Creative Selves: The Interfaces Between Translation and Other Creative Practices
The Swedish-English Literary Translators’ Association (SELTA) is delighted to invite you to a free, virtual event exploring the interfaces between Swedish-English literary translation and other creative practices. Kira Josefsson and Saskia Vogel will be in conversation with chair Alice E. Olsson about their work and how they align the various parts of their creative selves. Book for free to get a joining link.
Kira Josefsson is a writer, translator, and editor between Swedish and English. She was awarded a PEN/Heim Translation Fund grant for her work on Pooneh Rohi’s Araben, and a Helge Ax:son Johnsons stiftelse grant for a fiction project in Swedish about desire, whiteness, and art. Her translations have been published in places like Granta, The Nation, and Tupelo Quarterly; her words can also be read in Svenska Dagbladet, Göteborgs-Posten, Triple Canopy, and elsewhere. A longform piece on the movement to abolish the prison industrial complex is forthcoming in Glänta, where she’s a member of the editorial board; she also serves as Assistant Translations Editor for Anomaly. kirajosefsson.com.
Saskia Vogel is an American author and Swedish translator. Permission, her debut novel about erotic awakening and the families we choose for ourselves, was published in four languages in 2019 and is forthcoming in German. She was awarded a working grant from Författarfonden in 2020, which she is putting towards a passion project in translation. This year, she received the Berlin Senat grant for non-German-language literature for a book she is writing about pornography and the patriarchy, and is a finalist for the PEN Translation Award for her translation of Jessica Schiefauer’s Girls Lost. saskiavogel.com.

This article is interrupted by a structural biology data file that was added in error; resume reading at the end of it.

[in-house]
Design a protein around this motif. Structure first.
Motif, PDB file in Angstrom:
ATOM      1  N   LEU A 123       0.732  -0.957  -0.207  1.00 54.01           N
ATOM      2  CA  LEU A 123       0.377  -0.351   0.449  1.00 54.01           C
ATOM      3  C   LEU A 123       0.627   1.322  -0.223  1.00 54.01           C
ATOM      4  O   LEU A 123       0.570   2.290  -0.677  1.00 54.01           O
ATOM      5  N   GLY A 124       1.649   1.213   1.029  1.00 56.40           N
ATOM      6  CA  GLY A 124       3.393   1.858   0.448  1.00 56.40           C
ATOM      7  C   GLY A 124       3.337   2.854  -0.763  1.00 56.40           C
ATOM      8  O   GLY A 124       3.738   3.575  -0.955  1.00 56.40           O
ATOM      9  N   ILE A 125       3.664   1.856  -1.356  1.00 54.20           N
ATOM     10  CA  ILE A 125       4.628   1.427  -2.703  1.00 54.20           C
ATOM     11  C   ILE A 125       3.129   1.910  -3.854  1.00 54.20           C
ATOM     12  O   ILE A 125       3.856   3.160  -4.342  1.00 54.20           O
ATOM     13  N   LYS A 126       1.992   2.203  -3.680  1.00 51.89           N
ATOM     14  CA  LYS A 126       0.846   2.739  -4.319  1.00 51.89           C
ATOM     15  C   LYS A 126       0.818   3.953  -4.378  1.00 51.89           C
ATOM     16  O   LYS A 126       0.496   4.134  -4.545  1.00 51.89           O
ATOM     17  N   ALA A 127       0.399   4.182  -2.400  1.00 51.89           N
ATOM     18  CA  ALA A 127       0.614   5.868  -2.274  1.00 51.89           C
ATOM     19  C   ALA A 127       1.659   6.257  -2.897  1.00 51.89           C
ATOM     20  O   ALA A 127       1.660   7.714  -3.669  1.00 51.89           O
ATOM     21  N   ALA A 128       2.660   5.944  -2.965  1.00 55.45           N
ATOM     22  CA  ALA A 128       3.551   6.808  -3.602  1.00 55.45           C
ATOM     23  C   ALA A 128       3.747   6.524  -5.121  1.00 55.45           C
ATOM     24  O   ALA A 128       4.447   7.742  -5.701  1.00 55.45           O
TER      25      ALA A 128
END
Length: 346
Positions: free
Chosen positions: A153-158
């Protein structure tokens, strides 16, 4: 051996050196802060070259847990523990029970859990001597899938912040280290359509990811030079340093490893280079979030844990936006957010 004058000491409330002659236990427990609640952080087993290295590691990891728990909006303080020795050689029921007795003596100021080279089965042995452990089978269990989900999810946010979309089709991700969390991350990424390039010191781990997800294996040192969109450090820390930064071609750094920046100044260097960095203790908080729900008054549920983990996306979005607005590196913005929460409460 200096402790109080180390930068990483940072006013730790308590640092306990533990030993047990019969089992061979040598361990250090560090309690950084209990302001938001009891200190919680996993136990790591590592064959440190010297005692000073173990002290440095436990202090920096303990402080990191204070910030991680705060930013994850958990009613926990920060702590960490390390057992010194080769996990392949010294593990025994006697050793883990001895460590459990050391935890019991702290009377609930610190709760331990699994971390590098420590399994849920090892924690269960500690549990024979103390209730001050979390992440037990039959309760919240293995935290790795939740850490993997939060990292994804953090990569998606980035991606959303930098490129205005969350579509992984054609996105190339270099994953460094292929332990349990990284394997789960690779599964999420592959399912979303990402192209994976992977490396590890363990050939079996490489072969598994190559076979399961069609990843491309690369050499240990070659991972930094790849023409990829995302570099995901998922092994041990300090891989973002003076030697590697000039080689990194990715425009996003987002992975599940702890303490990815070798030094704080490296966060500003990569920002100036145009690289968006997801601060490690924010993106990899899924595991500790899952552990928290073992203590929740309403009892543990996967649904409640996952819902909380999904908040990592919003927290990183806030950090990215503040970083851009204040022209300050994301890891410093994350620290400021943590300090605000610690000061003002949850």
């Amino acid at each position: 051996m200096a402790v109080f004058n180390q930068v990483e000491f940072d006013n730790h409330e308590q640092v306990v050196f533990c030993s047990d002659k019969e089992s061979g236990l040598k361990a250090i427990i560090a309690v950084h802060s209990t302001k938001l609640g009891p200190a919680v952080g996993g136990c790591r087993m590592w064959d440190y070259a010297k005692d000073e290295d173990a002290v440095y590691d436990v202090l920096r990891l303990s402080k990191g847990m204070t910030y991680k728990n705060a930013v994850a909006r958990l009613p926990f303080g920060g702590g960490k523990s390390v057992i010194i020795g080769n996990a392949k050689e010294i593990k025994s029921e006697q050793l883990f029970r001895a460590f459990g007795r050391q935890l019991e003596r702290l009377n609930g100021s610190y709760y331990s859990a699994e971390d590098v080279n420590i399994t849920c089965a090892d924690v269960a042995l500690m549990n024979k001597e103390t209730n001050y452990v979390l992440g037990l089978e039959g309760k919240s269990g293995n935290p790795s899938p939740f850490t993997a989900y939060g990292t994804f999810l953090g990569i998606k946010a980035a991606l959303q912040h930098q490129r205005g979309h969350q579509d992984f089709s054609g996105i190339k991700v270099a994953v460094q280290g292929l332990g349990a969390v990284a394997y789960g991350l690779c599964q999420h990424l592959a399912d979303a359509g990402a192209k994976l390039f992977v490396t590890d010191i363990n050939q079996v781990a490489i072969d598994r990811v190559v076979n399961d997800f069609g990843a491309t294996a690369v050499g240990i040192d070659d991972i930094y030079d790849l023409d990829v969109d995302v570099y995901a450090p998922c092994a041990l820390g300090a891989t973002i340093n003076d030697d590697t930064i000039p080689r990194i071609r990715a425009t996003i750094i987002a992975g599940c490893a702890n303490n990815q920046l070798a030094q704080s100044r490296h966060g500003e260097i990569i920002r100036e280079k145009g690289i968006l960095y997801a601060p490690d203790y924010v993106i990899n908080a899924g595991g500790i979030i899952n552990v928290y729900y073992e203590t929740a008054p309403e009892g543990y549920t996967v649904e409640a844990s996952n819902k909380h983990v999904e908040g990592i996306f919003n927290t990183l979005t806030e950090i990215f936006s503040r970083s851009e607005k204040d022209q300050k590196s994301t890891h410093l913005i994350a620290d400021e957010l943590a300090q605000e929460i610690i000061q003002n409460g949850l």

Alice E. Olsson (event chair) is a literary translator, writer and editor working across Swedish and English. She has published translated works in both languages. From 2018 to 2019, she served as the Cultural Affairs Adviser at the Swedish Embassy in London. She is currently pursuing a PhD in Comparative Literature at University College London. Alice is the editor of the ‘New Books’ section of Swedish Book Review. She lives somewhere in the Swedish mountains.